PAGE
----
The following are the names of about 600 men and women listed in tax rolls taken in 1601 for Roubaix and Néchin, two cities in Artois near the modern Belgian border. Many of the names exhibit Dutch influence.
Some notes on name construction: By the 16th century, bynames in France were no longer used literally; rather, they had become fixed, inherited surnames, passed on from father to son. Therefore, a man named Jehan de Charlemaison would have this surname not because he lived at Charlemaison, but rather because his father's surname was de Charlemaison. Wives, however, did not usually have the same surname as their husbands in this source.
The majority of the men are listed simply with a given name and a surname. 12% of the people are also identified as a child of one of their (usually deceased) parents, e.g. Abraham Hellin, fils de feu Bettremieux (this would be fille de feu in the case of a woman; the phrase translates to "son/daughter of the late..."). Of these 12%, only one was known as the son of his mother, e.g. Antoine Degrimonpon, fils de feu Isabeau; the rest were all known as sons of their fathers.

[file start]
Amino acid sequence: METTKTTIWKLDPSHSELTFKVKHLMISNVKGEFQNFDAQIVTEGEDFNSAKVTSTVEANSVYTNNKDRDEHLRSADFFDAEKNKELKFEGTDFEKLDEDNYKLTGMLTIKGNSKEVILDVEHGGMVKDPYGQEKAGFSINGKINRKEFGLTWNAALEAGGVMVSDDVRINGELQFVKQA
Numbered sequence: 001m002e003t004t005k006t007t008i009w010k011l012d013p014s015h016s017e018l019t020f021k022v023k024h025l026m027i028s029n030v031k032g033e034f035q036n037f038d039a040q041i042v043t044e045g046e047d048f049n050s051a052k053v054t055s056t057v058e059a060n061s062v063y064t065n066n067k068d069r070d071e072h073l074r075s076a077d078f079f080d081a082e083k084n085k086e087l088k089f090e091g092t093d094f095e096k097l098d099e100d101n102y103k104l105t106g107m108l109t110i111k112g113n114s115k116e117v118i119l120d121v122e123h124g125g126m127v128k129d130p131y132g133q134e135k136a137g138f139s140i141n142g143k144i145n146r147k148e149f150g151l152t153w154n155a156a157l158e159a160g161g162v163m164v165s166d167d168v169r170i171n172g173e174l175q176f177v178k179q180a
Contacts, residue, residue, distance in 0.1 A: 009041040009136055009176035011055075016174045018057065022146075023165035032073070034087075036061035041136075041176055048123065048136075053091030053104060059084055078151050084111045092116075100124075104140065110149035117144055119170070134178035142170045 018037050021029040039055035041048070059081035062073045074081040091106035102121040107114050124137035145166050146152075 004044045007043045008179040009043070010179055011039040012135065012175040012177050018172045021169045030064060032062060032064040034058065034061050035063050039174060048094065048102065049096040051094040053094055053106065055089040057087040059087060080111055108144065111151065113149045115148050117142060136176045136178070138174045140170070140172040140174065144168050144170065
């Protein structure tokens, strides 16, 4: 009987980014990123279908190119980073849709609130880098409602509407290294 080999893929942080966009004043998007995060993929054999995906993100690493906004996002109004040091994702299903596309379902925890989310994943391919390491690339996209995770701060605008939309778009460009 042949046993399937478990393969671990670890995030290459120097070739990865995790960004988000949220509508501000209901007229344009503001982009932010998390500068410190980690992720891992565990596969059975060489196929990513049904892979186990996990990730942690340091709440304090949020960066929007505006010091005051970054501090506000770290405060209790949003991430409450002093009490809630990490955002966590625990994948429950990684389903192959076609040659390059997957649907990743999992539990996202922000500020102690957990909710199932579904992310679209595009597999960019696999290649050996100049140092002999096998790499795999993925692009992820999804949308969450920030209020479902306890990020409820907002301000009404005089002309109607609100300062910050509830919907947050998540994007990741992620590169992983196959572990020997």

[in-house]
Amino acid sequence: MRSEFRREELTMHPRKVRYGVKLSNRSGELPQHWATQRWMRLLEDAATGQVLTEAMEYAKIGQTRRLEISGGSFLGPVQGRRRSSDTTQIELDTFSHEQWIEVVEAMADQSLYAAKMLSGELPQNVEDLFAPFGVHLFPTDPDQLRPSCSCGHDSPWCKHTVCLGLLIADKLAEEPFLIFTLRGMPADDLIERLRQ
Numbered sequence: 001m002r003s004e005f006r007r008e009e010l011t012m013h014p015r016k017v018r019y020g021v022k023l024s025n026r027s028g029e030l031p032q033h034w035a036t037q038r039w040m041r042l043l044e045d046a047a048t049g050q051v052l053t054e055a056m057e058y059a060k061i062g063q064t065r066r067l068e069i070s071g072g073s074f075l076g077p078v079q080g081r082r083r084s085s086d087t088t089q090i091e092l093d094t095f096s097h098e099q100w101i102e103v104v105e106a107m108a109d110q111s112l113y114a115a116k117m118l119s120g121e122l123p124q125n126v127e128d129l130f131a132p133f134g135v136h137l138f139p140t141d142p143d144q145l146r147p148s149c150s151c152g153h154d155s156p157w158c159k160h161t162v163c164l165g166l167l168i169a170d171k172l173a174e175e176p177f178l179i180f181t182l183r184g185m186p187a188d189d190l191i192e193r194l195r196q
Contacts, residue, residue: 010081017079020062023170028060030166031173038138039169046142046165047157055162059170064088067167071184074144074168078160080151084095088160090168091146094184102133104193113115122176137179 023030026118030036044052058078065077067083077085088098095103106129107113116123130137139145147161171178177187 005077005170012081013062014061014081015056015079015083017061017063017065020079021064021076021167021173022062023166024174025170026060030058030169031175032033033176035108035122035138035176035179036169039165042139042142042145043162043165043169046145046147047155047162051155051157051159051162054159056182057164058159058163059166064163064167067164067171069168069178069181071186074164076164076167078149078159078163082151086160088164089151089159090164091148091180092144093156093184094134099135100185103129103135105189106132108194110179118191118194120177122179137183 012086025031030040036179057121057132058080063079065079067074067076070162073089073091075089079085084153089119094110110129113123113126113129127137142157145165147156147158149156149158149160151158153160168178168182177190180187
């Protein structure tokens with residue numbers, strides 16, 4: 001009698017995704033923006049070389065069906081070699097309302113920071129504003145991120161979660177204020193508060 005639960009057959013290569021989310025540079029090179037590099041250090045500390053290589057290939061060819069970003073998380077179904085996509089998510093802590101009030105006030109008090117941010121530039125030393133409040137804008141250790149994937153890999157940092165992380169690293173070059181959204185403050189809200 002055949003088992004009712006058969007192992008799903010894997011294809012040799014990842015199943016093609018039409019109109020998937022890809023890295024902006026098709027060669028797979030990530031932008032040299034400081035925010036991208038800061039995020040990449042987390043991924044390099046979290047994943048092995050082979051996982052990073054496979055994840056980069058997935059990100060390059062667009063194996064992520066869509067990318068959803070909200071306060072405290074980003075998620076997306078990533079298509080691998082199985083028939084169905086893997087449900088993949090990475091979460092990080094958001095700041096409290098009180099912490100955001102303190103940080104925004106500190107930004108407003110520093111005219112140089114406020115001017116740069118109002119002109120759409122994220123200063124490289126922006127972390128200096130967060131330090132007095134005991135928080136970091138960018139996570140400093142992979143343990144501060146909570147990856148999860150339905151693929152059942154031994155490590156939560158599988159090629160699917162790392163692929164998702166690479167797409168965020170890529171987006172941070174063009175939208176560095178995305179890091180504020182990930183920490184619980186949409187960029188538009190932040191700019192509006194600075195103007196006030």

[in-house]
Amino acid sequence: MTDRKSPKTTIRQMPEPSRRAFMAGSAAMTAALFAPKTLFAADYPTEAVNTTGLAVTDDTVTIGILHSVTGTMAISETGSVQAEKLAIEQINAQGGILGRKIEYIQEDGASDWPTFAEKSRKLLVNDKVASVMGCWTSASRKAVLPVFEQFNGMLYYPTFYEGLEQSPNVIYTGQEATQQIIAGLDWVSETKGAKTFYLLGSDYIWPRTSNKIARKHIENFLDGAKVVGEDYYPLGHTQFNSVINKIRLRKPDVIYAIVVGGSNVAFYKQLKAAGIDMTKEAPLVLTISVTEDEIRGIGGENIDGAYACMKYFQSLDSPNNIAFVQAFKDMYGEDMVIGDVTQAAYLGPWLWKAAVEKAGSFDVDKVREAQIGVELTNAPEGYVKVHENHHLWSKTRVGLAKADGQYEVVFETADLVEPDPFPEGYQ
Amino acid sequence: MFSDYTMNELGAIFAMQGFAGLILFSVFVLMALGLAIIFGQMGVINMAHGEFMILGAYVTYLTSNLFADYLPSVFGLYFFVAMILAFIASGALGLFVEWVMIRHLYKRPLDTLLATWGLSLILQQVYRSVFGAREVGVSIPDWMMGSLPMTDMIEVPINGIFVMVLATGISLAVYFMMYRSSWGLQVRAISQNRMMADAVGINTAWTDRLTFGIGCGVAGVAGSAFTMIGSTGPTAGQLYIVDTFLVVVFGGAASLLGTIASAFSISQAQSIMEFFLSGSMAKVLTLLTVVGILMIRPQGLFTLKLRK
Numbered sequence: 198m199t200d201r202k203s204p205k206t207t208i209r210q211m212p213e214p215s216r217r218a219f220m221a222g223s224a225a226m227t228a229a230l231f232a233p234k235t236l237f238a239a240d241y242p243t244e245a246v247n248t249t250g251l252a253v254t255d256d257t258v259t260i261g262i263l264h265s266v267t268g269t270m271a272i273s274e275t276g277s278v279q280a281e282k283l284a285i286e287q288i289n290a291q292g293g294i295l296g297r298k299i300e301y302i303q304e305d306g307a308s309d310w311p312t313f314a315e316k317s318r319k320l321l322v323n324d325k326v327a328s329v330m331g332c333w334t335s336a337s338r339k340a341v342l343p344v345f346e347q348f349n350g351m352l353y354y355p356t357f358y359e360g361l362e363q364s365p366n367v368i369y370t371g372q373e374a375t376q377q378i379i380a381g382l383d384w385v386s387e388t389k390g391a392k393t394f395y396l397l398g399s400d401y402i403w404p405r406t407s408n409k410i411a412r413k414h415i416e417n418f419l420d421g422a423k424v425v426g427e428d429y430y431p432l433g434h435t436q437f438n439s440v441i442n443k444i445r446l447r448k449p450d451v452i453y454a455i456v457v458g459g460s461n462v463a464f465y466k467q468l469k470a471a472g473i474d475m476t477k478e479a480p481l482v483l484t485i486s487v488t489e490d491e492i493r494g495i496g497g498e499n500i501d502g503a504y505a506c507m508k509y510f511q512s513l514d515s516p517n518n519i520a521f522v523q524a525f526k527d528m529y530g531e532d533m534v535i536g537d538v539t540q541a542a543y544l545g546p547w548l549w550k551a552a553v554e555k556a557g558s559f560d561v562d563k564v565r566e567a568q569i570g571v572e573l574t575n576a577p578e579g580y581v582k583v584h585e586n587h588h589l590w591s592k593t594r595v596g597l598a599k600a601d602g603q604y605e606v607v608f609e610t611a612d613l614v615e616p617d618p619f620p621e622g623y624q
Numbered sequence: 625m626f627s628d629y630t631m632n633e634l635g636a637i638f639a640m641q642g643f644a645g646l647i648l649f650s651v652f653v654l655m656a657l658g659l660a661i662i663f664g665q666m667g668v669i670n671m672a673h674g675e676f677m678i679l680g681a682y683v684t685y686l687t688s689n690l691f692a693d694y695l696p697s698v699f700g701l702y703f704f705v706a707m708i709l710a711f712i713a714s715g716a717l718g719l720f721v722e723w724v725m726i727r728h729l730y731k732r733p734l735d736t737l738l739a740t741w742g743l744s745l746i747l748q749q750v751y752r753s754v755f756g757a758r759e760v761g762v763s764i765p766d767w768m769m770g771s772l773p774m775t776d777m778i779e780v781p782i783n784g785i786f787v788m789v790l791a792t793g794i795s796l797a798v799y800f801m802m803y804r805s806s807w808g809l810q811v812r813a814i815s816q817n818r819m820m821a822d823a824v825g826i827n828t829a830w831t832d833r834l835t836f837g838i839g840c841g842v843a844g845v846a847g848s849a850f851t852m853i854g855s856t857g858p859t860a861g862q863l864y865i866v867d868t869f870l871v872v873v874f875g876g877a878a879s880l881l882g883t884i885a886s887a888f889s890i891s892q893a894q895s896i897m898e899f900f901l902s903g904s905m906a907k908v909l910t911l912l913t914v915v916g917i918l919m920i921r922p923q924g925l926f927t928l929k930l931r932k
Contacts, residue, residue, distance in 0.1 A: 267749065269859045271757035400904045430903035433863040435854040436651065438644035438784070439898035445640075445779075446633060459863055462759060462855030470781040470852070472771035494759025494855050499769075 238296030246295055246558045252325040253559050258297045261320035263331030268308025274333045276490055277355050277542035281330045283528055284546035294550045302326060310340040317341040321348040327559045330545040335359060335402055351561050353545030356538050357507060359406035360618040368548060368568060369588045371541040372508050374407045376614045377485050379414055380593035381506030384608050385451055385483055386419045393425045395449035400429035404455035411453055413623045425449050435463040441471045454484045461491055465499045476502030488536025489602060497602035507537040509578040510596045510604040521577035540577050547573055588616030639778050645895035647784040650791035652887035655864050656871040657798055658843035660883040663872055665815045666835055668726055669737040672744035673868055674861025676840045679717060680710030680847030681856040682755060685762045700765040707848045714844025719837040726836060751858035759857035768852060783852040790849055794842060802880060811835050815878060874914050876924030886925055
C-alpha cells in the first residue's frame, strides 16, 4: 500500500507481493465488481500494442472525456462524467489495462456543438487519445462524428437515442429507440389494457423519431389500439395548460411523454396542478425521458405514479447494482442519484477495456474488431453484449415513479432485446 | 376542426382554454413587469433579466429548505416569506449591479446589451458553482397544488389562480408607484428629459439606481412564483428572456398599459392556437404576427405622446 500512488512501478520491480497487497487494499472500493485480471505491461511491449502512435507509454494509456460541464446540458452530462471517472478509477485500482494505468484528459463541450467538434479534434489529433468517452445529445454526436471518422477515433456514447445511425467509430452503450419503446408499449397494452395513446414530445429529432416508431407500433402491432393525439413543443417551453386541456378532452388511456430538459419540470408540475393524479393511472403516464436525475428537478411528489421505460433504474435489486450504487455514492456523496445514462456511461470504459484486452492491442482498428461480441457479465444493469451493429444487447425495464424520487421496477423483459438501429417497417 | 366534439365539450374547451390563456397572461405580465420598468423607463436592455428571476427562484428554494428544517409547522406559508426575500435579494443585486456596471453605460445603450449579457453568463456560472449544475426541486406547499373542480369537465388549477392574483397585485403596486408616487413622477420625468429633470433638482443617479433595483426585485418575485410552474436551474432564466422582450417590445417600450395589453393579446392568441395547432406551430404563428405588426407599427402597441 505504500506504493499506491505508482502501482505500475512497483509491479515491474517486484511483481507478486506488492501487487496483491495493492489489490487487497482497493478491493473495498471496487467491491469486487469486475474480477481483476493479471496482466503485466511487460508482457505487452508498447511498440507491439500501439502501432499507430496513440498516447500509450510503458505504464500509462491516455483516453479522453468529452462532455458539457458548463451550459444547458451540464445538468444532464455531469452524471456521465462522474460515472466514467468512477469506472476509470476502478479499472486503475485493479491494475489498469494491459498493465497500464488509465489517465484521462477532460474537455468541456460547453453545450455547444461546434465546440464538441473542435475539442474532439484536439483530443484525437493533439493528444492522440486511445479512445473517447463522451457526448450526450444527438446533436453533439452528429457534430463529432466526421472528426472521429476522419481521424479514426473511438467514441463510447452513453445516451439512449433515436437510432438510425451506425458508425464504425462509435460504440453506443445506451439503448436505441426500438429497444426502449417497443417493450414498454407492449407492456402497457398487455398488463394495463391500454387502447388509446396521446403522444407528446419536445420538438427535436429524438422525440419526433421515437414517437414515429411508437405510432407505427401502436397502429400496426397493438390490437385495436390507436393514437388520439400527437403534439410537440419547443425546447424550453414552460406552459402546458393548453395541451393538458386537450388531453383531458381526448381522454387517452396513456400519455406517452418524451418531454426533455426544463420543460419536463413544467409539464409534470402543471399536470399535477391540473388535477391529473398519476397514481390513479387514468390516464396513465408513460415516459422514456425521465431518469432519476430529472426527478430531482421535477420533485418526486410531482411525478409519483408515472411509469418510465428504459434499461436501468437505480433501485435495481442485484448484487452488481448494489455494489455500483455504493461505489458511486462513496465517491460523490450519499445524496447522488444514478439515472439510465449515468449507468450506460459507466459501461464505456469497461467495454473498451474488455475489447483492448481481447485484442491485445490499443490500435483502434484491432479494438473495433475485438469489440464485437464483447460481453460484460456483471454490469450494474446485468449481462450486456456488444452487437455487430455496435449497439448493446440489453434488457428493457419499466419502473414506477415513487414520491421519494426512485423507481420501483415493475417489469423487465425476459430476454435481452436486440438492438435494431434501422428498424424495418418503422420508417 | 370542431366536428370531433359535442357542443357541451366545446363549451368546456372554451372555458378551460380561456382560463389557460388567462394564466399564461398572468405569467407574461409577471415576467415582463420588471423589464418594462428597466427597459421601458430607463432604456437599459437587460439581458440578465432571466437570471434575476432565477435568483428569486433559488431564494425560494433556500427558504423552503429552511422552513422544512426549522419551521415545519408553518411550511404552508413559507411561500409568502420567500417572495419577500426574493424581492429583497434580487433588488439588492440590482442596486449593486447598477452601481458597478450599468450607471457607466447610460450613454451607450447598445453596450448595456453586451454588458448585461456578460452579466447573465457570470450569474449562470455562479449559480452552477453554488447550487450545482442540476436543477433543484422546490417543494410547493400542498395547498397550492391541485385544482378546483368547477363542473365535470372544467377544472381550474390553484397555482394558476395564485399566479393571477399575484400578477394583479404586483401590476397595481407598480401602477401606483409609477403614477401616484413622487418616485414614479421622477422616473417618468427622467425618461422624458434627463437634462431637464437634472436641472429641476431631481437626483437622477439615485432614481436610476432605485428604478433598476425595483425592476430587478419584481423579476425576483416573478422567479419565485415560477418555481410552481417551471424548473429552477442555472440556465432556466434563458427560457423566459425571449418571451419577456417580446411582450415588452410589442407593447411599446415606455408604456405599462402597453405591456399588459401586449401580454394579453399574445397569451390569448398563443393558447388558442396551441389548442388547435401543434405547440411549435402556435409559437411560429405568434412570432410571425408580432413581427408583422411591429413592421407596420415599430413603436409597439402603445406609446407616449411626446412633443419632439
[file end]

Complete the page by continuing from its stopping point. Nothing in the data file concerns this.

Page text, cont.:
These statistics are roughly the same for the women, too. There is one example of a woman being identified as her husband's widow, e.g. Marguerite Debouvine, veuve de feu Pierre Jan Delespierre, 'Marguerite Debouvine, widow of the late Pierre Jan Delespierre'.
|Masculine Given Names||Feminine Given Names||Surnames||Raw Data|
Source: Les comptes du vingtièmes de l'an 1601: Pour Roubaix et Néchin (Royére), Table des patronymes par Maxime Senave (Flanders, Hainaut, Artois: Groupement Généalogique de la Région du Nord, Collection de Travaux et Etudes Généalogiques, ND).